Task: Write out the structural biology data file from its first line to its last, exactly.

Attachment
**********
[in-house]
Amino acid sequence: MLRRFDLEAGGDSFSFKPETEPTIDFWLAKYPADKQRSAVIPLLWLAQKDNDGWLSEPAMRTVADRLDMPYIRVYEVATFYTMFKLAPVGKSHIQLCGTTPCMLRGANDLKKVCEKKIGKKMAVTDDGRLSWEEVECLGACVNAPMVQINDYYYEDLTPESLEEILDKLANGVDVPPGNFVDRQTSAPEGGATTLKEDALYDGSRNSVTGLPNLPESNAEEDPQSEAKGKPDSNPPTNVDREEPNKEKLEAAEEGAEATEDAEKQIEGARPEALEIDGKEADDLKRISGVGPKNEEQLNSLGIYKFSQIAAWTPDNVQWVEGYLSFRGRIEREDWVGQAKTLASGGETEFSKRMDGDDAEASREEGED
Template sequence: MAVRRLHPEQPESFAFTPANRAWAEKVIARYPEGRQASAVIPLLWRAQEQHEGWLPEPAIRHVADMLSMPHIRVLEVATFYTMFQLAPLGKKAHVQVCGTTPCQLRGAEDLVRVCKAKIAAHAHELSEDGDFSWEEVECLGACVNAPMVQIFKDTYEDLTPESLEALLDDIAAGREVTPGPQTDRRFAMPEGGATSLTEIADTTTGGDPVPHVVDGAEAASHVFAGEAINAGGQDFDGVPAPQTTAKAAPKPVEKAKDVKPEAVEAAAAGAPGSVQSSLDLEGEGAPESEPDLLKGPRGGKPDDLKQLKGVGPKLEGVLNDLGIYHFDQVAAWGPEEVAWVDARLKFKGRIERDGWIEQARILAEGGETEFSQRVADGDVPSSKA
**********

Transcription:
[in-house]
Amino acid sequence: MLRRFDLEAGGDSFSFKPETEPTIDFWLAKYPADKQRSAVIPLLWLAQKDNDGWLSEPAMRTVADRLDMPYIRVYEVATFYTMFKLAPVGKSHIQLCGTTPCMLRGANDLKKVCEKKIGKKMAVTDDGRLSWEEVECLGACVNAPMVQINDYYYEDLTPESLEEILDKLANGVDVPPGNFVDRQTSAPEGGATTLKEDALYDGSRNSVTGLPNLPESNAEEDPQSEAKGKPDSNPPTNVDREEPNKEKLEAAEEGAEATEDAEKQIEGARPEALEIDGKEADDLKRISGVGPKNEEQLNSLGIYKFSQIAAWTPDNVQWVEGYLSFRGRIEREDWVGQAKTLASGGETEFSKRMDGDDAEASREEGED
Template sequence: MAVRRLHPEQPESFAFTPANRAWAEKVIARYPEGRQASAVIPLLWRAQEQHEGWLPEPAIRHVADMLSMPHIRVLEVATFYTMFQLAPLGKKAHVQVCGTTPCQLRGAEDLVRVCKAKIAAHAHELSEDGDFSWEEVECLGACVNAPMVQIFKDTYEDLTPESLEALLDDIAAGREVTPGPQTDRRFAMPEGGATSLTEIADTTTGGDPVPHVVDGAEAASHVFAGEAINAGGQDFDGVPAPQTTAKAAPKPVEKAKDVKPEAVEAAAAGAPGSVQSSLDLEGEGAPESEPDLLKGPRGGKPDDLKQLKGVGPKLEGVLNDLGIYHFDQVAAWGPEEVAWVDARLKFKGRIERDGWIEQARILAEGGETEFSQRVADGDVPSSKA